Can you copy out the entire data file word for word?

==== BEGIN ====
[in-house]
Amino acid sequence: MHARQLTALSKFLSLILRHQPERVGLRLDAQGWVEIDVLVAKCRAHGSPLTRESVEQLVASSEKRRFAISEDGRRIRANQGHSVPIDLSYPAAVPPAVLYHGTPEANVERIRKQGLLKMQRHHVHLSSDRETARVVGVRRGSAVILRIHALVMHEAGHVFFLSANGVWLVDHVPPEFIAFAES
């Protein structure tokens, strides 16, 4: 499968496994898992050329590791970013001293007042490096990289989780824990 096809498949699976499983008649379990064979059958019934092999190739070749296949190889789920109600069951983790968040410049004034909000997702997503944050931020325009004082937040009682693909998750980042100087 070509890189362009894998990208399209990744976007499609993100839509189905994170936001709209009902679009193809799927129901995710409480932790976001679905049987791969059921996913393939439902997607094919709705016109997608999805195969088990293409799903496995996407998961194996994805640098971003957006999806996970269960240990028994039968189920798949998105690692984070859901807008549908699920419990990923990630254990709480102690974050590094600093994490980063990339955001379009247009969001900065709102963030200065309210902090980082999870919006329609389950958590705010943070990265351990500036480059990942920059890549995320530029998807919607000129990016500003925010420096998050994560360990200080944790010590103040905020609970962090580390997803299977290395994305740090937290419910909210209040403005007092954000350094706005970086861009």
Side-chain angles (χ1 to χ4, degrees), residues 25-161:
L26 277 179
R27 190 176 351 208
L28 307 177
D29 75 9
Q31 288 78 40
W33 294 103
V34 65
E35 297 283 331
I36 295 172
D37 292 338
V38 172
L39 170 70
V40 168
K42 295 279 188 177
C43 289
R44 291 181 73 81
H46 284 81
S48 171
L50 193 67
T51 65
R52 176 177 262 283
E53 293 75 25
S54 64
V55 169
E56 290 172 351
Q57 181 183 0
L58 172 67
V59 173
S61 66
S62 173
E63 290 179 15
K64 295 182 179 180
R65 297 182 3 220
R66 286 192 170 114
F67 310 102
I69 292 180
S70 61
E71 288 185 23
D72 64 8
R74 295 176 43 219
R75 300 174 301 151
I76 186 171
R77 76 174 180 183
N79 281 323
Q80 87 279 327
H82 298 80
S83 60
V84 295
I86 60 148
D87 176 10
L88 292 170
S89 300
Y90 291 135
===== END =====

[in-house]
Amino acid sequence: MHARQLTALSKFLSLILRHQPERVGLRLDAQGWVEIDVLVAKCRAHGSPLTRESVEQLVASSEKRRFAISEDGRRIRANQGHSVPIDLSYPAAVPPAVLYHGTPEANVERIRKQGLLKMQRHHVHLSSDRETARVVGVRRGSAVILRIHALVMHEAGHVFFLSANGVWLVDHVPPEFIAFAES
């Protein structure tokens, strides 16, 4: 499968496994898992050329590791970013001293007042490096990289989780824990 096809498949699976499983008649379990064979059958019934092999190739070749296949190889789920109600069951983790968040410049004034909000997702997503944050931020325009004082937040009682693909998750980042100087 070509890189362009894998990208399209990744976007499609993100839509189905994170936001709209009902679009193809799927129901995710409480932790976001679905049987791969059921996913393939439902997607094919709705016109997608999805195969088990293409799903496995996407998961194996994805640098971003957006999806996970269960240990028994039968189920798949998105690692984070859901807008549908699920419990990923990630254990709480102690974050590094600093994490980063990339955001379009247009969001900065709102963030200065309210902090980082999870919006329609389950958590705010943070990265351990500036480059990942920059890549995320530029998807919607000129990016500003925010420096998050994560360990200080944790010590103040905020609970962090580390997803299977290395994305740090937290419910909210209040403005007092954000350094706005970086861009």
Side-chain angles (χ1 to χ4, degrees), residues 25-161:
L26 277 179
R27 190 176 351 208
L28 307 177
D29 75 9
Q31 288 78 40
W33 294 103
V34 65
E35 297 283 331
I36 295 172
D37 292 338
V38 172
L39 170 70
V40 168
K42 295 279 188 177
C43 289
R44 291 181 73 81
H46 284 81
S48 171
L50 193 67
T51 65
R52 176 177 262 283
E53 293 75 25
S54 64
V55 169
E56 290 172 351
Q57 181 183 0
L58 172 67
V59 173
S61 66
S62 173
E63 290 179 15
K64 295 182 179 180
R65 297 182 3 220
R66 286 192 170 114
F67 310 102
I69 292 180
S70 61
E71 288 185 23
D72 64 8
R74 295 176 43 219
R75 300 174 301 151
I76 186 171
R77 76 174 180 183
N79 281 323
Q80 87 279 327
H82 298 80
S83 60
V84 295
I86 60 148
D87 176 10
L88 292 170
S89 300
Y90 291 135